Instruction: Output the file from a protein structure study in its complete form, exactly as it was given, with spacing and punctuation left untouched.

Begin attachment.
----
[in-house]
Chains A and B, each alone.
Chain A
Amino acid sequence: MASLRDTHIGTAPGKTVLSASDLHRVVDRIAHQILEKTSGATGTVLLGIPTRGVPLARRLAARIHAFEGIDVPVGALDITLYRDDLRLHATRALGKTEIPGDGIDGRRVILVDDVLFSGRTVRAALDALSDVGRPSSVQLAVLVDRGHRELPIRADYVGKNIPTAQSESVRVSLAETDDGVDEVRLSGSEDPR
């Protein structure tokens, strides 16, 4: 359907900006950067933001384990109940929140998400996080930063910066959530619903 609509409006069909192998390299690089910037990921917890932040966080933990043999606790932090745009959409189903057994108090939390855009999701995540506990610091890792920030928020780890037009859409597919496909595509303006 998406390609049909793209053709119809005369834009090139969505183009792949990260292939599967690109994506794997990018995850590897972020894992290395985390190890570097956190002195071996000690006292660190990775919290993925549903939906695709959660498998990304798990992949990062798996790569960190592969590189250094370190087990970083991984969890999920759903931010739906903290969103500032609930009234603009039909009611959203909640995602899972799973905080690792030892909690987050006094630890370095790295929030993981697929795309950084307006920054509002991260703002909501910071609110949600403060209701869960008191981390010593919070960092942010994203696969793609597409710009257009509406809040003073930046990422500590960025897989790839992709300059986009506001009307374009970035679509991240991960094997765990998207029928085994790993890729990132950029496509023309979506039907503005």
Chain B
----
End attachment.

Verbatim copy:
[in-house]
Chains A and B, each alone.
Chain A
Amino acid sequence: MASLRDTHIGTAPGKTVLSASDLHRVVDRIAHQILEKTSGATGTVLLGIPTRGVPLARRLAARIHAFEGIDVPVGALDITLYRDDLRLHATRALGKTEIPGDGIDGRRVILVDDVLFSGRTVRAALDALSDVGRPSSVQLAVLVDRGHRELPIRADYVGKNIPTAQSESVRVSLAETDDGVDEVRLSGSEDPR
């Protein structure tokens, strides 16, 4: 359907900006950067933001384990109940929140998400996080930063910066959530619903 609509409006069909192998390299690089910037990921917890932040966080933990043999606790932090745009959409189903057994108090939390855009999701995540506990610091890792920030928020780890037009859409597919496909595509303006 998406390609049909793209053709119809005369834009090139969505183009792949990260292939599967690109994506794997990018995850590897972020894992290395985390190890570097956190002195071996000690006292660190990775919290993925549903939906695709959660498998990304798990992949990062798996790569960190592969590189250094370190087990970083991984969890999920759903931010739906903290969103500032609930009234603009039909009611959203909640995602899972799973905080690792030892909690987050006094630890370095790295929030993981697929795309950084307006920054509002991260703002909501910071609110949600403060209701869960008191981390010593919070960092942010994203696969793609597409710009257009509406809040003073930046990422500590960025897989790839992709300059986009506001009307374009970035679509991240991960094997765990998207029928085994790993890729990132950029496509023309979506039907503005």
Chain B